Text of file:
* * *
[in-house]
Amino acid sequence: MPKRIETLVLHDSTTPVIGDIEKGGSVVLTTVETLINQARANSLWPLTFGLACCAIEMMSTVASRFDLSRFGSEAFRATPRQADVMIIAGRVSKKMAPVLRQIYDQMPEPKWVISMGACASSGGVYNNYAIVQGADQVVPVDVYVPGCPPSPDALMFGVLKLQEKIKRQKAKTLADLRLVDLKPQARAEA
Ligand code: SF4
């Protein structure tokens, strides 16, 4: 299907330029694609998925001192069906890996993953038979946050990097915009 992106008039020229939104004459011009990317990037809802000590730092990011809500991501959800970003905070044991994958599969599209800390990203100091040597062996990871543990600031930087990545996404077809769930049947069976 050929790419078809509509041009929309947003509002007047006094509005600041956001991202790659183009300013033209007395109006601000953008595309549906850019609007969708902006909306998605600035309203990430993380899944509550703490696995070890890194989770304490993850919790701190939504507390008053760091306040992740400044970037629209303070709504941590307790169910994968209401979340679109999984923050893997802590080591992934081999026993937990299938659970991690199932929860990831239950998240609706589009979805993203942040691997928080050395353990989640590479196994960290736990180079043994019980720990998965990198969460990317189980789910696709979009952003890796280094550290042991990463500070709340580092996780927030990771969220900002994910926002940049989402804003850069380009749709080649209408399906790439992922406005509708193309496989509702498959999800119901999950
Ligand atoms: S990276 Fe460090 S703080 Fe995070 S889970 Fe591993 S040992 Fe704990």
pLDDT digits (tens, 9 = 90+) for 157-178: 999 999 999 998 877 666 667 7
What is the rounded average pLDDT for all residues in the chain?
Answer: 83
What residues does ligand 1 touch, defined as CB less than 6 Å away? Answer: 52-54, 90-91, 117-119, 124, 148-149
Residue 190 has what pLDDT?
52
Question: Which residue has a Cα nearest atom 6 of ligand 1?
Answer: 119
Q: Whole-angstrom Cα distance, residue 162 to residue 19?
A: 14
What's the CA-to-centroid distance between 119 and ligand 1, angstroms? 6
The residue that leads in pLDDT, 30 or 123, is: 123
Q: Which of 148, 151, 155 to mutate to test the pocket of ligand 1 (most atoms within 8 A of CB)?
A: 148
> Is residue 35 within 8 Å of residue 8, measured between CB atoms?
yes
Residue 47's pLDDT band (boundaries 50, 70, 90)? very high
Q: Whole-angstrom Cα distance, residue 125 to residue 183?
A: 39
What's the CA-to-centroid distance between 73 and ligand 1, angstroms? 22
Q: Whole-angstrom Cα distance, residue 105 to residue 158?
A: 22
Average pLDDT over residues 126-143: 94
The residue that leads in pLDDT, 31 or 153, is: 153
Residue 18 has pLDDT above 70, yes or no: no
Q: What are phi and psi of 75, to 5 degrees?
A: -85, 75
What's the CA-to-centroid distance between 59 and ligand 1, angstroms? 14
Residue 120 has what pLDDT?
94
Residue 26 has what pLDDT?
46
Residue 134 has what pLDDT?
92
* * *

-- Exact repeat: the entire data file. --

[in-house]
Amino acid sequence: MPKRIETLVLHDSTTPVIGDIEKGGSVVLTTVETLINQARANSLWPLTFGLACCAIEMMSTVASRFDLSRFGSEAFRATPRQADVMIIAGRVSKKMAPVLRQIYDQMPEPKWVISMGACASSGGVYNNYAIVQGADQVVPVDVYVPGCPPSPDALMFGVLKLQEKIKRQKAKTLADLRLVDLKPQARAEA
Ligand code: SF4
């Protein structure tokens, strides 16, 4: 299907330029694609998925001192069906890996993953038979946050990097915009 992106008039020229939104004459011009990317990037809802000590730092990011809500991501959800970003905070044991994958599969599209800390990203100091040597062996990871543990600031930087990545996404077809769930049947069976 050929790419078809509509041009929309947003509002007047006094509005600041956001991202790659183009300013033209007395109006601000953008595309549906850019609007969708902006909306998605600035309203990430993380899944509550703490696995070890890194989770304490993850919790701190939504507390008053760091306040992740400044970037629209303070709504941590307790169910994968209401979340679109999984923050893997802590080591992934081999026993937990299938659970991690199932929860990831239950998240609706589009979805993203942040691997928080050395353990989640590479196994960290736990180079043994019980720990998965990198969460990317189980789910696709979009952003890796280094550290042991990463500070709340580092996780927030990771969220900002994910926002940049989402804003850069380009749709080649209408399906790439992922406005509708193309496989509702498959999800119901999950
Ligand atoms: S990276 Fe460090 S703080 Fe995070 S889970 Fe591993 S040992 Fe704990």
pLDDT digits (tens, 9 = 90+) for 157-178: 999 999 999 998 877 666 667 7
What is the rounded average pLDDT for all residues in the chain?
Answer: 83
What residues does ligand 1 touch, defined as CB less than 6 Å away? Answer: 52-54, 90-91, 117-119, 124, 148-149
Residue 190 has what pLDDT?
52
Question: Which residue has a Cα nearest atom 6 of ligand 1?
Answer: 119
Q: Whole-angstrom Cα distance, residue 162 to residue 19?
A: 14
What's the CA-to-centroid distance between 119 and ligand 1, angstroms? 6
The residue that leads in pLDDT, 30 or 123, is: 123
Q: Which of 148, 151, 155 to mutate to test the pocket of ligand 1 (most atoms within 8 A of CB)?
A: 148
> Is residue 35 within 8 Å of residue 8, measured between CB atoms?
yes
Residue 47's pLDDT band (boundaries 50, 70, 90)? very high
Q: Whole-angstrom Cα distance, residue 125 to residue 183?
A: 39
What's the CA-to-centroid distance between 73 and ligand 1, angstroms? 22
Q: Whole-angstrom Cα distance, residue 105 to residue 158?
A: 22
Average pLDDT over residues 126-143: 94
The residue that leads in pLDDT, 31 or 153, is: 153
Residue 18 has pLDDT above 70, yes or no: no
Q: What are phi and psi of 75, to 5 degrees?
A: -85, 75
What's the CA-to-centroid distance between 59 and ligand 1, angstroms? 14
Residue 120 has what pLDDT?
94
Residue 26 has what pLDDT?
46
Residue 134 has what pLDDT?
92